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No hope for the Raptors. None. Add to ...

There is no reason for optimism around the Toronto Raptors right now.


The star player is playing some of his worst basketball of the season at the worst possible time, and worse still, seems determined to share the blame as widely as possible.

The star free agent signing has been a bust and has four years and more than $40-million remaining on a contract for a player in the midst of his worst statistical performance in six seasons at age 31.

Worse still - and there's a lot of worse to be had here - that's only part of the problem.

Treated with velvet gloves by management to start the season and allowed to sit most of training camp and six of eight exhibition games, Turkoglu was seemingly empowered to embrace what appears to be a broad perfectionist streak, which is to say, if he don't feel perfect, he don't play, or practice.

This was not a deal-breaking issue (and oh how Bryan Colangelo probably wishes it could be) until the "Turkoflu" hit last Wednesday.

It's the virus that keeps on giving.

Hedo quit - I mean, stopped playing - at halftime of the Utah Jazz game last Wednesday, didn't practice Thursday, met with team doctors Friday, who apparently agreed he should be kept out the game against Denver. He also didn't make it through practice Saturday.

Now, sick is sick, though four days off for an upset stomach seems like a stretch for an elite athlete paid absolutely enormous amounts of money to be in the peak of health and fitness at all times. And as I wrote last week, sick or not, Turkoglu has a credibility problem. By not giving the impression that he's living or dying with every win or loss, or even suggesting he notices, he's given license to people to go: "Ya right" whenever he's sick or hurt or whatever.

Which makes it all too perfect that Friday night Turk is feeling a bit peckish, and heads out to Yorkville for a bite to eat after the Raptors get what heart they have broken by the Denver Nuggets, only to be seen by some fans who wonder why someone too sick to work is out for dinner, and respectfully inquire about the issue, raising the question through some media and team management.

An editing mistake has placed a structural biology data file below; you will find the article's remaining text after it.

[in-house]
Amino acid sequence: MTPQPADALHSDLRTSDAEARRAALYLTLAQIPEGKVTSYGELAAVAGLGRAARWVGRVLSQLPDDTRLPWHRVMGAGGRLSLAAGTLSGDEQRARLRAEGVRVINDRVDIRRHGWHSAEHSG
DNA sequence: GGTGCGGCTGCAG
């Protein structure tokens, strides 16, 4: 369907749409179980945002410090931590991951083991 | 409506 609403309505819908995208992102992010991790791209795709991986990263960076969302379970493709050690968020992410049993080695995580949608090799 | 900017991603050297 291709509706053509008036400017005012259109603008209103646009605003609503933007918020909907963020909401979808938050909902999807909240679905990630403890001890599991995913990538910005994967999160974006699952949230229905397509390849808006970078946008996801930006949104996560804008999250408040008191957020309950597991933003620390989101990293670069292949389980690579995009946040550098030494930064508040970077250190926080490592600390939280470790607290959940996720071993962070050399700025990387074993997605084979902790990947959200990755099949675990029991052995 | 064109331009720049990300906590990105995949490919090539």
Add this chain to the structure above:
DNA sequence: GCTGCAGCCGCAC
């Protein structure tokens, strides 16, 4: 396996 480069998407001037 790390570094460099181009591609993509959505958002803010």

Enough's enough, apparently. And Turkoglu gets fined and benched for the Raptors collapse in Miami last night.

And for what it's worth, when I asked him about it before the game, Turkoglu denied he was out and then started complaining about how he's been getting targeted for this stuff all year.

Sigh. Where do you start with this? Seriously.

It's apparent Colangelo and Triano screwed this up from the start. Both are smart, dedicated people, but they chose the wrong guy to give the benefit of the doubt to in the early going, and have been paying for it ever since. The word out of Orlando was that Turkoglu needed to be constantly poked, prodded, pushed and pulled to get him to deliver his best. It's not clear that's what's happened here.

Turkoglu? He should be ashamed of himself. He's taken the money but at no point has he given the impression he's determined to prove he's worth it.

I was talking to him before the game last night and it took about 30 seconds before he began complaining about his role and the system.